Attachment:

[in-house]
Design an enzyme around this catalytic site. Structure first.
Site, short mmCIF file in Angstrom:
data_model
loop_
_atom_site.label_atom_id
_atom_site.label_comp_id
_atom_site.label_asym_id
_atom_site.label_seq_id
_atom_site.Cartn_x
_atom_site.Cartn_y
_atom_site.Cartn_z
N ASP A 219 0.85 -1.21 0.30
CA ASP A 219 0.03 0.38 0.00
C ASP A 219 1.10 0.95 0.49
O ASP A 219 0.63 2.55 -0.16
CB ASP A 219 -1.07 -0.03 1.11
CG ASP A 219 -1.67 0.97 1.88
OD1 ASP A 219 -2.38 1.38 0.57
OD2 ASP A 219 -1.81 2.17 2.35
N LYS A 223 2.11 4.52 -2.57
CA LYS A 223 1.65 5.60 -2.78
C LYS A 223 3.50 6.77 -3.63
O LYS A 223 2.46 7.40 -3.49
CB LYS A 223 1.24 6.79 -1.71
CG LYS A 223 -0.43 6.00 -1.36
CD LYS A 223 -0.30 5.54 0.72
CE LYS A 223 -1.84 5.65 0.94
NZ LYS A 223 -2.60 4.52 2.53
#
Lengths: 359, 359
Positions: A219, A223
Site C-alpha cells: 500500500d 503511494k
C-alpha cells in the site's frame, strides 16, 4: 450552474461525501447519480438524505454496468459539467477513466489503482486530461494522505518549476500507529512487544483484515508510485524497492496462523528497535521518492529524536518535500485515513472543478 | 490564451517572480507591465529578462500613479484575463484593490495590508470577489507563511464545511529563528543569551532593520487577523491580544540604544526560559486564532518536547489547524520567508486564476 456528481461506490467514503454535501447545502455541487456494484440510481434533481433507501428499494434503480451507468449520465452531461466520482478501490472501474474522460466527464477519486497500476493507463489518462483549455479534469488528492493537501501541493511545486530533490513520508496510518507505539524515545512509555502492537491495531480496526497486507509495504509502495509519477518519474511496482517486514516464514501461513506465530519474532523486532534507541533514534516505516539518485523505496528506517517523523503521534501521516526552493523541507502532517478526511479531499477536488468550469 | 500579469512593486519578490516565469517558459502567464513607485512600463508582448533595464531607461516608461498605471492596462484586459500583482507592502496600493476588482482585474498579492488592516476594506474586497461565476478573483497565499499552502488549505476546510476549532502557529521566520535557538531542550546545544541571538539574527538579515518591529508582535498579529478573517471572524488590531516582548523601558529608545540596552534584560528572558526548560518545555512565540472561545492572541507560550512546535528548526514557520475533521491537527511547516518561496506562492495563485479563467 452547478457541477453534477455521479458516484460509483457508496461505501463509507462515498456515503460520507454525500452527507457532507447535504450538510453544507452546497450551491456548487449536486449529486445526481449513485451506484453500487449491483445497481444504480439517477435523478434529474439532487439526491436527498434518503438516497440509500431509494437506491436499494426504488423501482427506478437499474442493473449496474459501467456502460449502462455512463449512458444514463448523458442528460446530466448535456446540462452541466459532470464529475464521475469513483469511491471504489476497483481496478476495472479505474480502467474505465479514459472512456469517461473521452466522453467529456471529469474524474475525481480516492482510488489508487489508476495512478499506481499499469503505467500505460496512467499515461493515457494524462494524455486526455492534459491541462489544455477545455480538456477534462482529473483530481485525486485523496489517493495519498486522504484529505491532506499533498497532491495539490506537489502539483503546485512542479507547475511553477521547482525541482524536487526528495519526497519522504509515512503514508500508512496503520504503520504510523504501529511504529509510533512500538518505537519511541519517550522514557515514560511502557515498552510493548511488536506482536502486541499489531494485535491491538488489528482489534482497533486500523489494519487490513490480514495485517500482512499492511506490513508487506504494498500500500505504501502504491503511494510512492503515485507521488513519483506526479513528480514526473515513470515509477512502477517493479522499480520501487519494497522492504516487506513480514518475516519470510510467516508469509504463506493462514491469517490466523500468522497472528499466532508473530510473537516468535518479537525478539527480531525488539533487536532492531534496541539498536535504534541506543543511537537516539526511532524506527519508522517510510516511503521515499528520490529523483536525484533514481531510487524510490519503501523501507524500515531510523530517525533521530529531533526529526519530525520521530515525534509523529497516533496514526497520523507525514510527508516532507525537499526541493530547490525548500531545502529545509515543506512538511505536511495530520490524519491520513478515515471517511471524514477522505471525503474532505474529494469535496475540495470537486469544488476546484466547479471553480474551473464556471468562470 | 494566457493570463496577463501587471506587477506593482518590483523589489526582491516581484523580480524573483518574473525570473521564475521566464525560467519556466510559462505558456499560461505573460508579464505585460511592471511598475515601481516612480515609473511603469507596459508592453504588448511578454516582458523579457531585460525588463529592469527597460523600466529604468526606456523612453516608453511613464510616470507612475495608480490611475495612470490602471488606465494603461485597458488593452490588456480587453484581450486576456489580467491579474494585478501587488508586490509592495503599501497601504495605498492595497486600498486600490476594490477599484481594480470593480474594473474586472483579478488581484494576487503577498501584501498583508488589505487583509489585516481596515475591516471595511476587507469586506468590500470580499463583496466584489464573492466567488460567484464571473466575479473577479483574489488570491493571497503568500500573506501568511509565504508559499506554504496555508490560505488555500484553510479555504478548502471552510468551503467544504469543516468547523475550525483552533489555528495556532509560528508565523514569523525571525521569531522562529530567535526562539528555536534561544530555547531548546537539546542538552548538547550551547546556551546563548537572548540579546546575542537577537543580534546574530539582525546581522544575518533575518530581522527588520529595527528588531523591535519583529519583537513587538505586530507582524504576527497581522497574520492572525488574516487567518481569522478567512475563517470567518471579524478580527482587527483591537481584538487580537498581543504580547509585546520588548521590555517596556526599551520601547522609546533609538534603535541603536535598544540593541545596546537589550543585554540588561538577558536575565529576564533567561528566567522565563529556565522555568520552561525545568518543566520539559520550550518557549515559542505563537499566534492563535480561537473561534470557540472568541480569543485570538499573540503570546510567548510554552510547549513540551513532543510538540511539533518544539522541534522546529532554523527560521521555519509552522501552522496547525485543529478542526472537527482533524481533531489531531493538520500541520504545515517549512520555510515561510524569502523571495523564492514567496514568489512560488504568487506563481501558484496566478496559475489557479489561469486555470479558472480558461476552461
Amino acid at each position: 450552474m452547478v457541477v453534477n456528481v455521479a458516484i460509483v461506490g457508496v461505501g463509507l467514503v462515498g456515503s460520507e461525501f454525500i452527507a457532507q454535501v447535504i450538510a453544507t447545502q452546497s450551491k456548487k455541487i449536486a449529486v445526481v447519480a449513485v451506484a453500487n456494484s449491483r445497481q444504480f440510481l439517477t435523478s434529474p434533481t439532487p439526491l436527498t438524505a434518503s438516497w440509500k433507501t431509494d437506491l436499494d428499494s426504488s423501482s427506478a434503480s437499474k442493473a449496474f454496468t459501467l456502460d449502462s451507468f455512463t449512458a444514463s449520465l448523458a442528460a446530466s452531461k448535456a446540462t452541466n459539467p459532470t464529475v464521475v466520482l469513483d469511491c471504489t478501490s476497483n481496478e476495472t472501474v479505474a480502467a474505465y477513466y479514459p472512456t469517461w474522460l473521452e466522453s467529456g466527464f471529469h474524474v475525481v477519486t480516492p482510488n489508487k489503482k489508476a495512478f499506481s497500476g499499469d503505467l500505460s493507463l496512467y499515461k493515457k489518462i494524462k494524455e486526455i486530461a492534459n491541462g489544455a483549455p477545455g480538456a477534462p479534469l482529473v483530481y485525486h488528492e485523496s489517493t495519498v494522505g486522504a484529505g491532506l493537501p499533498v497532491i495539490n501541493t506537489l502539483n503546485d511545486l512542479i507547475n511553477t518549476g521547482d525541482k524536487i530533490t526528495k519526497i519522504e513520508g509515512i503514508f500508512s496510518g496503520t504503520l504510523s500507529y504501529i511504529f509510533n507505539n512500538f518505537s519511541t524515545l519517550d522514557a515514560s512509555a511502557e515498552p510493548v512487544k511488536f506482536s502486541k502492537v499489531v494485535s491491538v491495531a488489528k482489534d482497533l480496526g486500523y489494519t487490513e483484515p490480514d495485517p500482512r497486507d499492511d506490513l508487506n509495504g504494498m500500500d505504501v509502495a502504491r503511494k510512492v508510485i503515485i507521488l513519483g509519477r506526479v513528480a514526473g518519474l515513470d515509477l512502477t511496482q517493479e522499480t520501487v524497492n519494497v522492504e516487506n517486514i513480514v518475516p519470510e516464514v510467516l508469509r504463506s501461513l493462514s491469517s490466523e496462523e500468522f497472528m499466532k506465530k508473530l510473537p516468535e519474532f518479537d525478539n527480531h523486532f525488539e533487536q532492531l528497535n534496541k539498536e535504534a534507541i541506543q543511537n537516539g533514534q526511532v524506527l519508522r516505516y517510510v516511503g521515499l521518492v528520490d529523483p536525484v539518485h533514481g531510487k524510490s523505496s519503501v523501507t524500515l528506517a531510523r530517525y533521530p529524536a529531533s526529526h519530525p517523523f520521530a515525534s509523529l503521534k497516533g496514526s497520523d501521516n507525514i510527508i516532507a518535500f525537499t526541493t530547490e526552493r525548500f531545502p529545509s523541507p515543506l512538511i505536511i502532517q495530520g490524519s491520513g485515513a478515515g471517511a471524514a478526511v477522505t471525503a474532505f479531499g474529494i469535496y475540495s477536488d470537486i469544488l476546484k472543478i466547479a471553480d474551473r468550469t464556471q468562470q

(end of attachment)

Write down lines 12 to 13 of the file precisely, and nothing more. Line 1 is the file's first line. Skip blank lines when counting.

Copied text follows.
_atom_site.Cartn_z
N ASP A 219 0.85 -1.21 0.30